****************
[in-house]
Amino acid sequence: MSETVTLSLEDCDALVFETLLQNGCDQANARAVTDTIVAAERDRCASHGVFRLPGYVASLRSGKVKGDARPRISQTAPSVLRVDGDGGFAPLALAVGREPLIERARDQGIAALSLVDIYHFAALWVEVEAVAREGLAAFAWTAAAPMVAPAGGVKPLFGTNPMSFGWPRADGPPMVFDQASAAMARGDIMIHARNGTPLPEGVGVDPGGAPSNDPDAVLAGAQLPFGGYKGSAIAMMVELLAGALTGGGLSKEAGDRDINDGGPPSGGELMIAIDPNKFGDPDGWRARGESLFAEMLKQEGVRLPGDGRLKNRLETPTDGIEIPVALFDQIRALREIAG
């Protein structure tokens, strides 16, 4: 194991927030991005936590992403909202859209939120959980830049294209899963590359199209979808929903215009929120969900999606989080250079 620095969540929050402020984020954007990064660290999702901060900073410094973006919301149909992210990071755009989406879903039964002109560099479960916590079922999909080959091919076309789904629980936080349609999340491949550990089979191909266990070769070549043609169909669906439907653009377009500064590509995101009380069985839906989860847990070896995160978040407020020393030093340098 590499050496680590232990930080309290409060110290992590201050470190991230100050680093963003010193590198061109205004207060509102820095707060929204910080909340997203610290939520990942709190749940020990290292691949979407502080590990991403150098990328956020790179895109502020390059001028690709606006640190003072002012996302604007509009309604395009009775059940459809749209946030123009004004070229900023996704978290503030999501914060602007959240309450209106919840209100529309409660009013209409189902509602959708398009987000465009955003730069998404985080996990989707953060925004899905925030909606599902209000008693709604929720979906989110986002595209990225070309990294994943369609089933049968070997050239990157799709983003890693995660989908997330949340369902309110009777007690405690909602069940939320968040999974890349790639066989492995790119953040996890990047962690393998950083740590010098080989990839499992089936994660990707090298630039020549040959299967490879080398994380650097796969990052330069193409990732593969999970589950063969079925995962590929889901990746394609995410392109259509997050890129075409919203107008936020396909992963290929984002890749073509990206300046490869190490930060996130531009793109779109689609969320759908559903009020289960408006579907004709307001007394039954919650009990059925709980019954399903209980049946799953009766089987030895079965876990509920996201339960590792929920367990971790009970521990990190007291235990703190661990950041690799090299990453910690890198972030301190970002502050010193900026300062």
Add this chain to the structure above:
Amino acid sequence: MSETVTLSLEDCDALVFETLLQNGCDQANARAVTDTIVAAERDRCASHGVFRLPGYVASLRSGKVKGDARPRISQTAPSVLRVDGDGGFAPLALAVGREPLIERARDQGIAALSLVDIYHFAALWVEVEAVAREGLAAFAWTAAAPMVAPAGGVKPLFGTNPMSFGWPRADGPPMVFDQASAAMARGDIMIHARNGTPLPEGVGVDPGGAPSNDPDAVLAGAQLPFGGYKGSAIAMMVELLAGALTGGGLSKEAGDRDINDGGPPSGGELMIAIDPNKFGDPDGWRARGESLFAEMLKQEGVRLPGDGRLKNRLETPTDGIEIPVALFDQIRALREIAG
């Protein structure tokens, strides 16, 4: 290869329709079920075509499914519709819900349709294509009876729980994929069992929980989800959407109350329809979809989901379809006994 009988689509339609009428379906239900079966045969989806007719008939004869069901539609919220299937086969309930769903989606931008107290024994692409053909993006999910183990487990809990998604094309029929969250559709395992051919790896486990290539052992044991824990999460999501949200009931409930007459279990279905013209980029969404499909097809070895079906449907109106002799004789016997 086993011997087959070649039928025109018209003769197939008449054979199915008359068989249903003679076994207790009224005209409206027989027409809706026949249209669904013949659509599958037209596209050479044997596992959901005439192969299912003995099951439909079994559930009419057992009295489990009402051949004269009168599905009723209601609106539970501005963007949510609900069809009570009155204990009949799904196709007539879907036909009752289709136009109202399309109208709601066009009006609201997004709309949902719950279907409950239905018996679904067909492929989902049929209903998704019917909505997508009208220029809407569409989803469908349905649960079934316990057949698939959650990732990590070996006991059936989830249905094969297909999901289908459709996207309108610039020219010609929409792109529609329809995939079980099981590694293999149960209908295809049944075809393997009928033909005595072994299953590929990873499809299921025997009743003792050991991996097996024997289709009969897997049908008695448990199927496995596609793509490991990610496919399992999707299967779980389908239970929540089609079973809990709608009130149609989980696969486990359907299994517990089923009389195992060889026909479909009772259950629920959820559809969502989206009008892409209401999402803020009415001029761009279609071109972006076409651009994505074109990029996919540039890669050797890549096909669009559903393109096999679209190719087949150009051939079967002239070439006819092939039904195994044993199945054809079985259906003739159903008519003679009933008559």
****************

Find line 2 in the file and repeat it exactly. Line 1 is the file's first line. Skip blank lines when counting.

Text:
Amino acid sequence: MSETVTLSLEDCDALVFETLLQNGCDQANARAVTDTIVAAERDRCASHGVFRLPGYVASLRSGKVKGDARPRISQTAPSVLRVDGDGGFAPLALAVGREPLIERARDQGIAALSLVDIYHFAALWVEVEAVAREGLAAFAWTAAAPMVAPAGGVKPLFGTNPMSFGWPRADGPPMVFDQASAAMARGDIMIHARNGTPLPEGVGVDPGGAPSNDPDAVLAGAQLPFGGYKGSAIAMMVELLAGALTGGGLSKEAGDRDINDGGPPSGGELMIAIDPNKFGDPDGWRARGESLFAEMLKQEGVRLPGDGRLKNRLETPTDGIEIPVALFDQIRALREIAG